Hong Kong police Saturday arrested several protesters who had occupied the city's government headquarters, in protesting against China’s decision to place restrictions on the process for electing the city's leader. The arrests followed scuffles between the police and protesters Friday night, in which at least 29 people were injured, the Associated Press, or AP, reported, citing the police officials.

Police officials tried to disperse the 150 protesters, who had forced their way into the government compound, using pepper spray late Friday. Hong Kong’s secretary or Security Lai Tung-kwok said that police had given enough warning to protesters before taking action against them, according to the AP.

The protests began in August, when Beijing decided that candidates for the 2017 election for the quasi-autonomous city's chief executive would have to be approved by a nominating committee, widely seen as being stacked with supporters of the ruling Communist Party government. 

"I paid my highest respect to every soldier who defends till the last moment... civil disobedience, it continues to happen," Lester Shum, a student leader said, on his Facebook page, according to Reuters.

Representatives for Occupy Central with Love and Peace, or OCLP, a pro-democracy protest in Hong Kong, released a statement Saturday, condemning the police action against the protesters.

“OCLP urges the government to respect public opinion by letting Hong Kong people have a universal and equal suffrage.  The government must not suppress the students who want to regain access to Civic Square by peaceful means,” the group said, adding: “OCLP has received a lot of complaints that the police applied pepper spray to the peaceful protestors without any warning.  We believe the police employed unnecessary force in suppressing the student protest this morning. We strongly condemn such action which not only violates the police code of conduct but also tramples upon people's freedom of expression.”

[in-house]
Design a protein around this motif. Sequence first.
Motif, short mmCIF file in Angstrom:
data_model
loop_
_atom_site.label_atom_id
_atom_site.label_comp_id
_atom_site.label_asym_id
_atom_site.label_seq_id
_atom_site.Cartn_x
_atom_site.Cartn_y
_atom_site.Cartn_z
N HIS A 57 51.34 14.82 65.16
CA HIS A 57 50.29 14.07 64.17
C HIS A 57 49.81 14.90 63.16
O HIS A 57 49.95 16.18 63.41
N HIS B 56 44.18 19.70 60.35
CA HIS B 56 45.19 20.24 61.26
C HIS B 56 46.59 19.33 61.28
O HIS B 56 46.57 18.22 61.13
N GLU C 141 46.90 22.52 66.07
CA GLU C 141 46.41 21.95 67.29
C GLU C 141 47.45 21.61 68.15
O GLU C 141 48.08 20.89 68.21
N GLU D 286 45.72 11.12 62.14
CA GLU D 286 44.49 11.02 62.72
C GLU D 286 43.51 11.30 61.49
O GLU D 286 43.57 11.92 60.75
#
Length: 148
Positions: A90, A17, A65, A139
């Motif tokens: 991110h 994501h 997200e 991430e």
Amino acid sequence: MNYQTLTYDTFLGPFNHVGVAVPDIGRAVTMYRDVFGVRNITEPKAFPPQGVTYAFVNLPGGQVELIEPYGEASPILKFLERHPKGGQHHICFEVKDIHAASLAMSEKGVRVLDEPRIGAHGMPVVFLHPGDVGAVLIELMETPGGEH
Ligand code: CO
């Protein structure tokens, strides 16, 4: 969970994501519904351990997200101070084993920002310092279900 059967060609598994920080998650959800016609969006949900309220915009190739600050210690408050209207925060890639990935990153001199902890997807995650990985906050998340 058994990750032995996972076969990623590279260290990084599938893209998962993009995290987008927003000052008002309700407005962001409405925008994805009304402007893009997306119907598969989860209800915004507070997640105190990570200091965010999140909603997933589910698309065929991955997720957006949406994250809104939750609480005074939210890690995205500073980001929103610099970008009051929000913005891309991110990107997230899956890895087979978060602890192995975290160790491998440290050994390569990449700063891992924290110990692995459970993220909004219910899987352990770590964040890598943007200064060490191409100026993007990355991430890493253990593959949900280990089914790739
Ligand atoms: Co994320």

Since the UK handed Hong Kong back to Chinese rule in 1997, the city operates a “one country, two systems” arrangement with China, under which the region has a high degree of autonomy, greater freedom of speech and politIcal freedom than mainland China, including the right to protest.

“I want to tell C.Y. Leung (the current Chief Executive of Hong Kong) and Xi Jinping that the mission of fighting for universal suffrage does not rest upon the young people, it is everyone's responsibility," Wong, one of the leaders in the protest said, according to Reuters, adding: “I don't want the fight for democracy to be passed down to the next generation. This is our responsibility."